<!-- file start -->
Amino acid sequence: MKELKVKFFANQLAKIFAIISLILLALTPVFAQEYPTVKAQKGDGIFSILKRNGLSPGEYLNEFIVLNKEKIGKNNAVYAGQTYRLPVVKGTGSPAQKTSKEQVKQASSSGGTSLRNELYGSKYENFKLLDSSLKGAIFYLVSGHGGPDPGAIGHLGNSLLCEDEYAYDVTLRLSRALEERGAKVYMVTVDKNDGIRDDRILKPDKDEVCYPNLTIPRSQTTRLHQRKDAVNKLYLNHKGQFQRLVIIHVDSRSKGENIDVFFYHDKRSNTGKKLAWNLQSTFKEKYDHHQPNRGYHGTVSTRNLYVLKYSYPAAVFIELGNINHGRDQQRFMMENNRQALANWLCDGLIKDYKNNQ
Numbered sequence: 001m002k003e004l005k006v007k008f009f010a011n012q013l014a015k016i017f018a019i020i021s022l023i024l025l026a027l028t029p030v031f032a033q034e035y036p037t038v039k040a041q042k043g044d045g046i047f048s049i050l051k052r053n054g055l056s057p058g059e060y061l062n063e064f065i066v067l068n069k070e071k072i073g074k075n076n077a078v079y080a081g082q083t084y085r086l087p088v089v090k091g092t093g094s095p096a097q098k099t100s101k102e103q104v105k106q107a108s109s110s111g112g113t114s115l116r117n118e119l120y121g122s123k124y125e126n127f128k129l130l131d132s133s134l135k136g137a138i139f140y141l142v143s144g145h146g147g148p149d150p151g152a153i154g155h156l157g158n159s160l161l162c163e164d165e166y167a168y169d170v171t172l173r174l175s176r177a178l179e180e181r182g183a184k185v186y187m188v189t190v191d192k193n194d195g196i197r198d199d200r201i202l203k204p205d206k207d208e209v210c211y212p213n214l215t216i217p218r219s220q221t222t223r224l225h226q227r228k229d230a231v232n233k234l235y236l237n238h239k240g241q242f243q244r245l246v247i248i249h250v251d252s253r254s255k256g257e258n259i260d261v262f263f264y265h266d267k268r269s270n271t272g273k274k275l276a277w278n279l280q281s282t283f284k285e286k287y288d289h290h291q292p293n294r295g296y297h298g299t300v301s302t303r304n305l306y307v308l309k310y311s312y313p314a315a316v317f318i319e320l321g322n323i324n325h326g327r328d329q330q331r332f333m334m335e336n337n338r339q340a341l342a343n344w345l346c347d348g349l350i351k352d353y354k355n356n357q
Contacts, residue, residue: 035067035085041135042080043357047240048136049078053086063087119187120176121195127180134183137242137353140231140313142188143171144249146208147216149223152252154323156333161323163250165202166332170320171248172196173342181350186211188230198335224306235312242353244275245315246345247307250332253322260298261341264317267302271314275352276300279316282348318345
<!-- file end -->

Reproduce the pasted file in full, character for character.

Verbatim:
Amino acid sequence: MKELKVKFFANQLAKIFAIISLILLALTPVFAQEYPTVKAQKGDGIFSILKRNGLSPGEYLNEFIVLNKEKIGKNNAVYAGQTYRLPVVKGTGSPAQKTSKEQVKQASSSGGTSLRNELYGSKYENFKLLDSSLKGAIFYLVSGHGGPDPGAIGHLGNSLLCEDEYAYDVTLRLSRALEERGAKVYMVTVDKNDGIRDDRILKPDKDEVCYPNLTIPRSQTTRLHQRKDAVNKLYLNHKGQFQRLVIIHVDSRSKGENIDVFFYHDKRSNTGKKLAWNLQSTFKEKYDHHQPNRGYHGTVSTRNLYVLKYSYPAAVFIELGNINHGRDQQRFMMENNRQALANWLCDGLIKDYKNNQ
Numbered sequence: 001m002k003e004l005k006v007k008f009f010a011n012q013l014a015k016i017f018a019i020i021s022l023i024l025l026a027l028t029p030v031f032a033q034e035y036p037t038v039k040a041q042k043g044d045g046i047f048s049i050l051k052r053n054g055l056s057p058g059e060y061l062n063e064f065i066v067l068n069k070e071k072i073g074k075n076n077a078v079y080a081g082q083t084y085r086l087p088v089v090k091g092t093g094s095p096a097q098k099t100s101k102e103q104v105k106q107a108s109s110s111g112g113t114s115l116r117n118e119l120y121g122s123k124y125e126n127f128k129l130l131d132s133s134l135k136g137a138i139f140y141l142v143s144g145h146g147g148p149d150p151g152a153i154g155h156l157g158n159s160l161l162c163e164d165e166y167a168y169d170v171t172l173r174l175s176r177a178l179e180e181r182g183a184k185v186y187m188v189t190v191d192k193n194d195g196i197r198d199d200r201i202l203k204p205d206k207d208e209v210c211y212p213n214l215t216i217p218r219s220q221t222t223r224l225h226q227r228k229d230a231v232n233k234l235y236l237n238h239k240g241q242f243q244r245l246v247i248i249h250v251d252s253r254s255k256g257e258n259i260d261v262f263f264y265h266d267k268r269s270n271t272g273k274k275l276a277w278n279l280q281s282t283f284k285e286k287y288d289h290h291q292p293n294r295g296y297h298g299t300v301s302t303r304n305l306y307v308l309k310y311s312y313p314a315a316v317f318i319e320l321g322n323i324n325h326g327r328d329q330q331r332f333m334m335e336n337n338r339q340a341l342a343n344w345l346c347d348g349l350i351k352d353y354k355n356n357q
Contacts, residue, residue: 035067035085041135042080043357047240048136049078053086063087119187120176121195127180134183137242137353140231140313142188143171144249146208147216149223152252154323156333161323163250165202166332170320171248172196173342181350186211188230198335224306235312242353244275245315246345247307250332253322260298261341264317267302271314275352276300279316282348318345